Editorial: On Leiby’s Legacy

Residents from across Brooklyn, New York City and the UnitedStates, as well as the international community, have joined thetight-knit neighborhood of Boro Park in mourning eight-year-oldLeiby Kletzky, who – lost on the streets of his own community –fell victim to horrific violence.

What began as solidarity with a frantic and then grieving communityshould continue as people of all faiths and ethnicities jointogether to try to ensure that atrocities such as the one thatclaimed young Kletzky’s life are prevented in the future.

Part of the effort involves education. Children must be taught at ayoung age not to trust people that they do not know, even if theylook safe. They should also be taught whom to turn to if they needhelp -seeking out officials in uniform, for instance, or going intostores displaying the Safe Haven emblem if they feel threatened orare simply lost, as Kletzky was.

Legislation can help bridge the gap between ideal circumstances andreality. State Senator Marty Golden is renewing the push forpassage of a bill that would make the murder of a child 12 yearsold or younger a first degree offense. By New York law, suspectedkillers of individuals other than police officers, correctionsofficers, judges and peace officers generally can only be chargedwith murder in the second degree unless the act falls withincertain narrow parameters. The hope, according to Golden, is thatby increasing the charge, individuals contemplating such a heinouscrime might be deterred.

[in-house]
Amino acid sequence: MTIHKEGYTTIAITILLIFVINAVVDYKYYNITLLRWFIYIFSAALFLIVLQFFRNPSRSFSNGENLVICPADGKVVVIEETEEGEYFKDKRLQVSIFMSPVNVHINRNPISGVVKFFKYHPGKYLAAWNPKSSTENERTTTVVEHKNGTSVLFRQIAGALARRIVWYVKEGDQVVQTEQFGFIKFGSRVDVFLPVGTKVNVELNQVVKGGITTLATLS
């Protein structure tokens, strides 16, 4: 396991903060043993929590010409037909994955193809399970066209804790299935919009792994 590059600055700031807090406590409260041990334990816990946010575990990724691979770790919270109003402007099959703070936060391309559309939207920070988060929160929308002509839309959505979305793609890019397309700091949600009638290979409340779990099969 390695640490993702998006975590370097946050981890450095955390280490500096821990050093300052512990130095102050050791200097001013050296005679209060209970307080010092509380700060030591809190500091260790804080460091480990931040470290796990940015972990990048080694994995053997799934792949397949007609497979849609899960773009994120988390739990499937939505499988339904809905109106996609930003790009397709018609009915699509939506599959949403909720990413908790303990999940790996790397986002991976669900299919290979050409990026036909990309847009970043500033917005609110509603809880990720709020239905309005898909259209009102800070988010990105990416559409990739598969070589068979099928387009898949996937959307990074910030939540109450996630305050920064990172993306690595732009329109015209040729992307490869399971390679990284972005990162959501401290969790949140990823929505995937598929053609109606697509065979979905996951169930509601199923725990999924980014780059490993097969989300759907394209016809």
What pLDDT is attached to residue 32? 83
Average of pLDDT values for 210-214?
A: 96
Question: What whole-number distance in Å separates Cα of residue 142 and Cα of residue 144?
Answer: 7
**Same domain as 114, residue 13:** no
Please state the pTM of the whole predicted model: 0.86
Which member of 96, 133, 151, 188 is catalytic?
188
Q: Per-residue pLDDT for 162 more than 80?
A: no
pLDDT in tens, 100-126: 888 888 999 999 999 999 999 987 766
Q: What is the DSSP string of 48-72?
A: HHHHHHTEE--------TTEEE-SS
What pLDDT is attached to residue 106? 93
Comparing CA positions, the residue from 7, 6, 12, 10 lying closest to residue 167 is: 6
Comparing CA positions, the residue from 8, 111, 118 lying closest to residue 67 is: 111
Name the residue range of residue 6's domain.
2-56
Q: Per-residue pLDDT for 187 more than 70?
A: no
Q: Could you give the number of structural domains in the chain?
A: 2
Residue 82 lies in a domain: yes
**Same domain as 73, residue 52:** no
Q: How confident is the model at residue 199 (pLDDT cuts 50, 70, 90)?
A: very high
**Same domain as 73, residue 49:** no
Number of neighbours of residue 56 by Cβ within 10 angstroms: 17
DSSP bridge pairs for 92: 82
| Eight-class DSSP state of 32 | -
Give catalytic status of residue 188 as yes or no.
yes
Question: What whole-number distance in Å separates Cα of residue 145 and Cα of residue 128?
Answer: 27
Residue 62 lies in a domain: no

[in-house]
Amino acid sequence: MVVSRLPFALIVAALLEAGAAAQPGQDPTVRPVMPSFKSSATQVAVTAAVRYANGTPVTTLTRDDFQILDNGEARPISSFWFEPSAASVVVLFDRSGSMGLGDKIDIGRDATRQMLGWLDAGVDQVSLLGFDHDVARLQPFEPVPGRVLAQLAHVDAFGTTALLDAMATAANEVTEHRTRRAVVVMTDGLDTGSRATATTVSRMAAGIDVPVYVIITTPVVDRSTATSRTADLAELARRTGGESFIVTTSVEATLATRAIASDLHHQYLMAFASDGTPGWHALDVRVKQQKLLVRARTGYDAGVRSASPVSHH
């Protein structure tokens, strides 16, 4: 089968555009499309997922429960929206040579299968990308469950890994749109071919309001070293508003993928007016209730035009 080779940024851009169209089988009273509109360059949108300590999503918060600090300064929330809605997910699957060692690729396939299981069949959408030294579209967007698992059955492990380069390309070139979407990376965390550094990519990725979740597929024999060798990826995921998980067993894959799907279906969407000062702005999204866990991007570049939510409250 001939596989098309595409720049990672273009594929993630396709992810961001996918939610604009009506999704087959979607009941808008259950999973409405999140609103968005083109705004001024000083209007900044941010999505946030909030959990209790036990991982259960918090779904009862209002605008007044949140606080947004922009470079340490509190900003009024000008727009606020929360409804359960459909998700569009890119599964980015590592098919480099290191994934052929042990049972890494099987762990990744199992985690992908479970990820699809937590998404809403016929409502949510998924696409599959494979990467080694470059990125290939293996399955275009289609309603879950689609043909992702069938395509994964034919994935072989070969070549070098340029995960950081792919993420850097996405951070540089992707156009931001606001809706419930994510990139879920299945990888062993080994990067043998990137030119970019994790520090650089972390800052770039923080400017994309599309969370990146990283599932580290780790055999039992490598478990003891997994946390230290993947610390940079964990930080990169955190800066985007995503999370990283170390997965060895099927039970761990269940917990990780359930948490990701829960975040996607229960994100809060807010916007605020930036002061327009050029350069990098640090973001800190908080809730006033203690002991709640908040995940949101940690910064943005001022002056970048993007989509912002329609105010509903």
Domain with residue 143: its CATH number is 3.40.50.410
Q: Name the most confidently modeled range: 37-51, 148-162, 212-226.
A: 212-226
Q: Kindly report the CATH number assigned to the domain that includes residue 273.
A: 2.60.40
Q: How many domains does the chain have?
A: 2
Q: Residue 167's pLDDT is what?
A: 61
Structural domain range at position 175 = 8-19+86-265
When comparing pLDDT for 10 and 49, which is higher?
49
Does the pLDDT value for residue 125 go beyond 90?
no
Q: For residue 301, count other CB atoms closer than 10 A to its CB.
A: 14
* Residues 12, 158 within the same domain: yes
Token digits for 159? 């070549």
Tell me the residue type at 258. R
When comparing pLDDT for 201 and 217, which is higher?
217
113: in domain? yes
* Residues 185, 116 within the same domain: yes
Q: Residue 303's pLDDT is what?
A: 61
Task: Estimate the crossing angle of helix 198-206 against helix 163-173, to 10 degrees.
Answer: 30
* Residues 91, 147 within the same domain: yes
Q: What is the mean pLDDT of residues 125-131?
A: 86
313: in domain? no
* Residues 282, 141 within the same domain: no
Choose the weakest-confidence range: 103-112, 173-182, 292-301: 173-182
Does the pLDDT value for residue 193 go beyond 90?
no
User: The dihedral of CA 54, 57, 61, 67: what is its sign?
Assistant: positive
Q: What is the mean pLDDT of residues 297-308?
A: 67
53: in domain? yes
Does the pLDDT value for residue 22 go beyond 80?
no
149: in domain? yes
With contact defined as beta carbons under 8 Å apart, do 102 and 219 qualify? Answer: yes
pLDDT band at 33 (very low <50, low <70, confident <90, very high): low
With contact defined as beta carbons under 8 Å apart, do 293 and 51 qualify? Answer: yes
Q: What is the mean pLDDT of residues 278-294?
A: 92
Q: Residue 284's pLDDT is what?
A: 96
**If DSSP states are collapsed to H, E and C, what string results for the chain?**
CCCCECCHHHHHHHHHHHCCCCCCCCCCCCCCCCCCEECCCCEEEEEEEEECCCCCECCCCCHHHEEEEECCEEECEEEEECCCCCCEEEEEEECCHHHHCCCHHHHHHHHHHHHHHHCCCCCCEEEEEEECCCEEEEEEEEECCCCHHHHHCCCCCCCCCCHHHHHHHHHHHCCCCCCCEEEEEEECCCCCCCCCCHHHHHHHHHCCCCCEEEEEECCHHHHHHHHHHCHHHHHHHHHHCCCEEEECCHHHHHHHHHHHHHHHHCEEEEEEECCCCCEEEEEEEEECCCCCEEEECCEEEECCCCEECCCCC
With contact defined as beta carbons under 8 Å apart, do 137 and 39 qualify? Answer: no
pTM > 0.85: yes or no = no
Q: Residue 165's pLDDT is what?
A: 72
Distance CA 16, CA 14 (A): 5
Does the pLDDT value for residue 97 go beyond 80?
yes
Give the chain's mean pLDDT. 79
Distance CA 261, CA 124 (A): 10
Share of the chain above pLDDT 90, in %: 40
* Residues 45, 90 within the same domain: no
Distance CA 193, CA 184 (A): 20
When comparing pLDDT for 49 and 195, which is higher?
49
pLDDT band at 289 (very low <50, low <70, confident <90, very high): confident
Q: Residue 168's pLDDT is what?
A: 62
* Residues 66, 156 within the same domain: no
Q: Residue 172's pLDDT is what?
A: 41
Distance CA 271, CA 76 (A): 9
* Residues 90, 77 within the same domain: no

In addition, three other Brooklyn legislators – AssemblymembersPeter Abbate and Dov Hikind, and State Senator Diane Savino -arepoised to introduce legislation, aptly named The Leiby Initiativethat would give businesses that install and maintain videosurveillance equipment around their property an annual tax credit,stressing that video footage from such equipment helped lawenforcement officials to track the young boy and apprehend quicklythe man alleged to have brutalized him.

The effort, which began in Brooklyn but which knows no geographicboundaries, has at its heart a very simple goal – to make sure thatwhat happened to little Leiby Kletzky never happens again.

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